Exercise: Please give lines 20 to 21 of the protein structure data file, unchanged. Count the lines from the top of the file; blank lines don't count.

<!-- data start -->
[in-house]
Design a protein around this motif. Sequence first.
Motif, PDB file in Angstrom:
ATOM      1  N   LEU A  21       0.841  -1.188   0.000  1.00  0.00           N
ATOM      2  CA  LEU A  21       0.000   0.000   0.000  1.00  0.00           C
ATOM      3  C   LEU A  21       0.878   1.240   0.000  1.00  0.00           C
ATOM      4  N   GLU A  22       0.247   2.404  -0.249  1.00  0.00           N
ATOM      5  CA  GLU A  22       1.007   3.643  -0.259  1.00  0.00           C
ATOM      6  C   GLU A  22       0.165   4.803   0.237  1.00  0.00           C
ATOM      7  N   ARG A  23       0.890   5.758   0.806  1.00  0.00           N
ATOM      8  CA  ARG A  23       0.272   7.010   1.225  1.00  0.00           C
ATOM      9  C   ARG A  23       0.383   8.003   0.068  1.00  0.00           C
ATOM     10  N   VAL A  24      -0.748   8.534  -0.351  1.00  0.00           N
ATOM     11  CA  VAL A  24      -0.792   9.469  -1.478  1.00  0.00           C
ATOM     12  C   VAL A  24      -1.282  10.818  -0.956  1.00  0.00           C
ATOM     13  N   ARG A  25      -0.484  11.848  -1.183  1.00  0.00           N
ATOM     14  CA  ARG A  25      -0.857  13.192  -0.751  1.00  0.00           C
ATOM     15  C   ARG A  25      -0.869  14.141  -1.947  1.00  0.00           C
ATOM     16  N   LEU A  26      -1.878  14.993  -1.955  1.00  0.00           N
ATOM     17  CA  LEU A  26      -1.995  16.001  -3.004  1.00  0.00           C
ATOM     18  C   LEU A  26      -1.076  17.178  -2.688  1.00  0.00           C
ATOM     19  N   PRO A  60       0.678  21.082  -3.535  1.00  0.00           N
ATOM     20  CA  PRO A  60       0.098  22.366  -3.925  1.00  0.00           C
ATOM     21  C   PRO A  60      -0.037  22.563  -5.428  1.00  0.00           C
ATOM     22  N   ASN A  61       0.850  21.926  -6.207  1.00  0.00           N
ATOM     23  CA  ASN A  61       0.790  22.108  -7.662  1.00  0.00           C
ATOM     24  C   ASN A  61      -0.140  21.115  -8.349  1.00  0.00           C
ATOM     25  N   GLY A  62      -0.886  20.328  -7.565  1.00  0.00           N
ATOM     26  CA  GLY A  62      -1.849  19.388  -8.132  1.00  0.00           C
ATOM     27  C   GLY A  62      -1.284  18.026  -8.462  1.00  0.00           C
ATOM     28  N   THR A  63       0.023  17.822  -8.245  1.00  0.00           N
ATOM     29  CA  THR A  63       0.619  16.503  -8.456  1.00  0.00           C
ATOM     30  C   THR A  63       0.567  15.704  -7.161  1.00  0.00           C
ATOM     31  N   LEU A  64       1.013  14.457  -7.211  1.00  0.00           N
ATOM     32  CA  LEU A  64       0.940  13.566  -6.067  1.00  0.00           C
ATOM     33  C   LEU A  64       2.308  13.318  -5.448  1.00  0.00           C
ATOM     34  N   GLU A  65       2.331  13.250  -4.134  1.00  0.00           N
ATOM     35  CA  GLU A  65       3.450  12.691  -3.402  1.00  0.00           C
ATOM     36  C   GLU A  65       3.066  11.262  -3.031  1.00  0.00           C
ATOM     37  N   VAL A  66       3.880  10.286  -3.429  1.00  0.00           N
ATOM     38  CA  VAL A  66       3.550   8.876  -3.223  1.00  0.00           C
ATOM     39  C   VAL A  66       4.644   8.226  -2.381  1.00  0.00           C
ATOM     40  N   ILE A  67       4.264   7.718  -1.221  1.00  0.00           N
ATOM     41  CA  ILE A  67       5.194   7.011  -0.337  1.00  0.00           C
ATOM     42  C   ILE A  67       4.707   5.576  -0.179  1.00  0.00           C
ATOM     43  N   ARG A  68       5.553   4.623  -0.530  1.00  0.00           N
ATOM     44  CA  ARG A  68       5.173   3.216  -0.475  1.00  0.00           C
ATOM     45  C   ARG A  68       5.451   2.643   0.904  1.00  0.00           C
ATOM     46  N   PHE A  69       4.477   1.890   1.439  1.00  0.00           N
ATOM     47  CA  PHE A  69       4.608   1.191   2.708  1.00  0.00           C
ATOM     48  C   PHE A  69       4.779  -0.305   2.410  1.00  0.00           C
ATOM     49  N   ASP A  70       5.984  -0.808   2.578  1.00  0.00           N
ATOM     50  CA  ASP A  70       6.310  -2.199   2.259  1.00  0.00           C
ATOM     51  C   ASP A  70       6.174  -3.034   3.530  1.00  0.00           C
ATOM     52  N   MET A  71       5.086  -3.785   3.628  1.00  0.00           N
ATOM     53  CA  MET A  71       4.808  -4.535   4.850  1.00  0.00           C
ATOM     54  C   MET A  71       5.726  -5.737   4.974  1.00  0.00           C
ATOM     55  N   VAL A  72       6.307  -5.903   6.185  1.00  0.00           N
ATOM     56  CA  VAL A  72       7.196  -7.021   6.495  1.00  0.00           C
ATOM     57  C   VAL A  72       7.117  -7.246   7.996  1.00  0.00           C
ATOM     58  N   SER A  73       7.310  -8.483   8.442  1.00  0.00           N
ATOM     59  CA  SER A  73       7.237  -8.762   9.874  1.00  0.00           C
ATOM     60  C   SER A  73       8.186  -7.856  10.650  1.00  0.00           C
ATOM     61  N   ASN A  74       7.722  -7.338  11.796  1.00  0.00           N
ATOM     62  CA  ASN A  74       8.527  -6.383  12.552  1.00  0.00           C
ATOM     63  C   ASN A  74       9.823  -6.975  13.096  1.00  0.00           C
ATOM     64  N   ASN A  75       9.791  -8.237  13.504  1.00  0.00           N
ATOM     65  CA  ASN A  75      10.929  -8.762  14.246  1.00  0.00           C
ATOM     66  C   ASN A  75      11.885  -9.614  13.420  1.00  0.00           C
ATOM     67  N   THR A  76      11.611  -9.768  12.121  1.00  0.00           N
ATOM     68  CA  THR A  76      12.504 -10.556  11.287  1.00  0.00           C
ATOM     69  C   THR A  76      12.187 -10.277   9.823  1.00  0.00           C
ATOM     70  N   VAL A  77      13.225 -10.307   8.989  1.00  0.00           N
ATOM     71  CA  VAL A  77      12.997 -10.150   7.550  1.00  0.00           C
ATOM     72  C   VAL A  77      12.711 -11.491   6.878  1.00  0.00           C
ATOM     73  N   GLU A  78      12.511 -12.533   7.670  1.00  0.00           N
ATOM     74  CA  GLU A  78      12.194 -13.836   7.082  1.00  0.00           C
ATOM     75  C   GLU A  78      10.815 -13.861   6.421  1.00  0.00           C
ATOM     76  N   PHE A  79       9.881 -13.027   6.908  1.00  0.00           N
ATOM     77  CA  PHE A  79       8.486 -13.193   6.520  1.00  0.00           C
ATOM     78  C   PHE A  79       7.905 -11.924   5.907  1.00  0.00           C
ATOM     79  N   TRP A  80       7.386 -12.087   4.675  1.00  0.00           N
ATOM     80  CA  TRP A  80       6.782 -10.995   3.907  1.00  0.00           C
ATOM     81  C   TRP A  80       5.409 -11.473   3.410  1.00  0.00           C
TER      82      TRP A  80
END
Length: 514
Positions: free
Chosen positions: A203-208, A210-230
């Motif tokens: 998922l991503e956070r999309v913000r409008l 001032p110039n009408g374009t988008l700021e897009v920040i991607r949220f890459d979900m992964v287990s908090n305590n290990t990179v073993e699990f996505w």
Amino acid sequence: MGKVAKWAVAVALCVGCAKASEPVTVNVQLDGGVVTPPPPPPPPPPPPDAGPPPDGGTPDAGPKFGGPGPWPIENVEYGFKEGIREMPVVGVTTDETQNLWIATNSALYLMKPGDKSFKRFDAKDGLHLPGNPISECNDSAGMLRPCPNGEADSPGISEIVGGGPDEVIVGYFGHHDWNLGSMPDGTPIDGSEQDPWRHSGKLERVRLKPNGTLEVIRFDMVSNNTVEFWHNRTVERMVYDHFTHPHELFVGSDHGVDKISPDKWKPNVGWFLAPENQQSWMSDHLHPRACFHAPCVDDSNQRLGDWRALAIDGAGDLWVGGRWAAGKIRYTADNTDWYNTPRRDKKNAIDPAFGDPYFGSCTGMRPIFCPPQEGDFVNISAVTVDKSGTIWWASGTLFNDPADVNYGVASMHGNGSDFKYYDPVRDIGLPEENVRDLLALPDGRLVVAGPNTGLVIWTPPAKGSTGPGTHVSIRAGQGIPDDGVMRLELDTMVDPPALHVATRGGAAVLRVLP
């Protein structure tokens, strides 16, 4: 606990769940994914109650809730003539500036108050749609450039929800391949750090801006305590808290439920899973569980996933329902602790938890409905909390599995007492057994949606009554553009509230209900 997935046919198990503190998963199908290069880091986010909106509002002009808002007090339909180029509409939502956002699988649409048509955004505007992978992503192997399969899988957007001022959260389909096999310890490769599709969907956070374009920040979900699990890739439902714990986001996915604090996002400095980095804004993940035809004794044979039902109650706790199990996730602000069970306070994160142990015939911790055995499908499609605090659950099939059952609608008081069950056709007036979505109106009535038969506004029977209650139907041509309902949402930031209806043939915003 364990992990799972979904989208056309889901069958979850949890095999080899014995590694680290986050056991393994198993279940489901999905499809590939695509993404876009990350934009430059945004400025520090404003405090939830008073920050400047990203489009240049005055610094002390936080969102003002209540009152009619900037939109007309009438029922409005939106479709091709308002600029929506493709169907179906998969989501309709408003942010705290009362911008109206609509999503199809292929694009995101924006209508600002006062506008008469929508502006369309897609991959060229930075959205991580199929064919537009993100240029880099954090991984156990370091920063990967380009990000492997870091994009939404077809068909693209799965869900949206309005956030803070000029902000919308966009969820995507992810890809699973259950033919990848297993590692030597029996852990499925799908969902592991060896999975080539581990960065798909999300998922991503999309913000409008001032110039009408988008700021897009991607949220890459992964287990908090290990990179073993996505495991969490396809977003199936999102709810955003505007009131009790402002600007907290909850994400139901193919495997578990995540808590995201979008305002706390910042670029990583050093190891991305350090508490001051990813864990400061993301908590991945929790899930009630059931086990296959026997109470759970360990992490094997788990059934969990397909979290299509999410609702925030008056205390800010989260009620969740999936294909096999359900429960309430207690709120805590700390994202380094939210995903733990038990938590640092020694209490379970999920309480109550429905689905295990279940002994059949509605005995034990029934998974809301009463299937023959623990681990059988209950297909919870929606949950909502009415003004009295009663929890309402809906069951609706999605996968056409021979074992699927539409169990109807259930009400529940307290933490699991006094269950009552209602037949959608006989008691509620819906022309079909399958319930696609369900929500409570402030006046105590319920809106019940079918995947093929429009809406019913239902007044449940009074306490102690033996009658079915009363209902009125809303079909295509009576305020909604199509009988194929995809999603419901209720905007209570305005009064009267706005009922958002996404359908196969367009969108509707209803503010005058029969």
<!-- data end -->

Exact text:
ATOM     17  CA  LEU A  26      -1.995  16.001  -3.004  1.00  0.00           C
ATOM     18  C   LEU A  26      -1.076  17.178  -2.688  1.00  0.00           C